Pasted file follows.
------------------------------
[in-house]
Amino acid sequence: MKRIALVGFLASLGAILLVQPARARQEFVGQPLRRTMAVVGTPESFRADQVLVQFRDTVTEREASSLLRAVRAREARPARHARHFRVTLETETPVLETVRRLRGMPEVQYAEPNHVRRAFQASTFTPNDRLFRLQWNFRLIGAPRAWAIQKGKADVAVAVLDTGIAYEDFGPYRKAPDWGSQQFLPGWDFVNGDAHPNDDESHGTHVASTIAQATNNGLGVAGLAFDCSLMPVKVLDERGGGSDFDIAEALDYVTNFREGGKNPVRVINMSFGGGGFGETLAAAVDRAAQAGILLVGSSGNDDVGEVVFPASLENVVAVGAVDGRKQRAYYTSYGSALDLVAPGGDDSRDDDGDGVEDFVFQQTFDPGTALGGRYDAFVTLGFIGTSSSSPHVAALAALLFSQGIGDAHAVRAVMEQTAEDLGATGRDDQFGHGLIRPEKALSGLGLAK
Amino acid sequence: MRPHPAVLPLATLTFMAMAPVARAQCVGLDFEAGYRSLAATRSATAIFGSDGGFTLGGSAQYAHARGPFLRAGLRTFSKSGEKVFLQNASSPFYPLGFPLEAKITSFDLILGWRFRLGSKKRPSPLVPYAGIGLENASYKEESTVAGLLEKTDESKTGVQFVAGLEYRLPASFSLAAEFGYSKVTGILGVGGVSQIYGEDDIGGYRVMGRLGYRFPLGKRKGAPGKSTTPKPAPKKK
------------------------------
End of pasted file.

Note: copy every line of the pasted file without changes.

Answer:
[in-house]
Amino acid sequence: MKRIALVGFLASLGAILLVQPARARQEFVGQPLRRTMAVVGTPESFRADQVLVQFRDTVTEREASSLLRAVRAREARPARHARHFRVTLETETPVLETVRRLRGMPEVQYAEPNHVRRAFQASTFTPNDRLFRLQWNFRLIGAPRAWAIQKGKADVAVAVLDTGIAYEDFGPYRKAPDWGSQQFLPGWDFVNGDAHPNDDESHGTHVASTIAQATNNGLGVAGLAFDCSLMPVKVLDERGGGSDFDIAEALDYVTNFREGGKNPVRVINMSFGGGGFGETLAAAVDRAAQAGILLVGSSGNDDVGEVVFPASLENVVAVGAVDGRKQRAYYTSYGSALDLVAPGGDDSRDDDGDGVEDFVFQQTFDPGTALGGRYDAFVTLGFIGTSSSSPHVAALAALLFSQGIGDAHAVRAVMEQTAEDLGATGRDDQFGHGLIRPEKALSGLGLAK
Amino acid sequence: MRPHPAVLPLATLTFMAMAPVARAQCVGLDFEAGYRSLAATRSATAIFGSDGGFTLGGSAQYAHARGPFLRAGLRTFSKSGEKVFLQNASSPFYPLGFPLEAKITSFDLILGWRFRLGSKKRPSPLVPYAGIGLENASYKEESTVAGLLEKTDESKTGVQFVAGLEYRLPASFSLAAEFGYSKVTGILGVGGVSQIYGEDDIGGYRVMGRLGYRFPLGKRKGAPGKSTTPKPAPKKK